I’ll never forget some of Dr. Joe’s favorite lines such as ‘Hey, hey, this war not so bad. Last one much worse”; and “Beware of dog. You cannot know his mind.”

Fortunately I kept detailed notes (below) of our conversations and adventures, which we would have forgotten otherwise, due to our affinity for the various spirits and “agricultural products” of the region. I know that Dr. Joe is laughing now in the next life, where he always said he would see “Buddha, Allah and Jehovah shaking hands in Heaven.”

*      *       *       *

I first meet “Dr. Joe”, Pratya Sawetvimon, on a steamy day in January 1988 at The Nation newspaper. Down an alley off Banana Road near the grimy port slum of Klong Toey, the newspaper looks like other factories in the city. Scooters line the soi, ready to streak downtown via Sukhumvit or Rama IV road.  Printing presses rumble in the parking lot. Technicians play takraw in a circle, keeping up the ball with their feet. Around a circular table, journalists share dishes of tom yam, fried rice, duck, spicy squid salad, and three-flavor fish. Most of them are wearing flip flops without socks, giving mosquitos the chance to eat as well.

At our factory, the product is an English-language newspaper. Working in the newsroom, I marvel at the multicultural process around me. The owners, and most employees and readers, are Thai. After that, it gets complicated.  Thais find and report a piece of news. Other Thais translate it into English. Then foreigners like me polish it into “proper” English, whatever that is. Editors hail from Burma, Sri Lanka, India, Malaysia, Singapore, the Philippines, Taiwan, and Hong Kong, as well as anglophone Western countries. Whose culture is this? Thai culture? Americanized British colonial culture with Chinese characteristics? The newspaper, as I discover, is a half-breed hybrid of firsthand Asian and secondhand Western culture; a combination of the United Nations, a non-government organization, and a college paper calling itself the independent voice of Thailand. It’s an amazing place, one of the best rags in Asia, and it has a reputation for serious, sober thought. The staff, however, seem permanently intoxicated. Editors giggle, eat pineapple on sticks, play with computers like children, and flirt with colleagues. No wonder foreigners can’t leave this country.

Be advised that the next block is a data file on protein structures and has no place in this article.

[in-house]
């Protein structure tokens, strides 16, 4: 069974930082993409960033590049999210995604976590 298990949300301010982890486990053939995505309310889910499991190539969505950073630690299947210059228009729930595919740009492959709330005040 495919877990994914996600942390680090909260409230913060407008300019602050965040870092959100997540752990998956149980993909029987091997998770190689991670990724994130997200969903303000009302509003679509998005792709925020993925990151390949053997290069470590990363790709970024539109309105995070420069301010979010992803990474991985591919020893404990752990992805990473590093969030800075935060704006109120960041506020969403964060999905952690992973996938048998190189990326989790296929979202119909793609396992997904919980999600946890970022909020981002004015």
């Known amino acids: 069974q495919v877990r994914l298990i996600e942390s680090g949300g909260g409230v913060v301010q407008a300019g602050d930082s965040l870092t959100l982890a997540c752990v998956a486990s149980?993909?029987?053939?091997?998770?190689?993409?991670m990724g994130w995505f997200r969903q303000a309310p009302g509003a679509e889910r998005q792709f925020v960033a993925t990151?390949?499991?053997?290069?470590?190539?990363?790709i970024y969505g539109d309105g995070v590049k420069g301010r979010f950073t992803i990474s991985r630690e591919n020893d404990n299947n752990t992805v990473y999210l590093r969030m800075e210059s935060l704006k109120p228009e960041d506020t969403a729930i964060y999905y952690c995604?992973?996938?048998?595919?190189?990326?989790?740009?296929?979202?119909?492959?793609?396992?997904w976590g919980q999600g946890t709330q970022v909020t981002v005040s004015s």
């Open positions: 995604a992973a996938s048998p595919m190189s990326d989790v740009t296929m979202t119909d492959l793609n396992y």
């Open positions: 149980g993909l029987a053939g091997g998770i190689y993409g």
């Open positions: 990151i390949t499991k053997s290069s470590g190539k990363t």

Editors called it “The Mothership”, because it guides aliens on a distant foreign planet. Foreign editors work less and earn more than Thai staff, who grind out copy for 60 hours a week for salaries of 200 dollars a month. But our status is below the senior Thai staff who graduated from the elite Thai universities of Chulalongkorn and Thammasat, as well as top schools in America, the UK, and Japan. The charismatic publisher has the guts to refuse army orders to shut down during coups and massacres.  His deputies blast out 800-word stories in a matter of minutes, and write stinging editorials quoted by newspapers worldwide. Among all this talent, they hire me, fresh out of journalism school on the other side of the planet, to copy edit page one and join Thai reporters on assignments.  I should really be a cub reporter interviewing my former professors. Instead, the senior Thai editors throw me at generals, foreign ministers, and warlords. The person who volunteers to show me the ropes is “Dr. Joe, Famous Thai journalist.”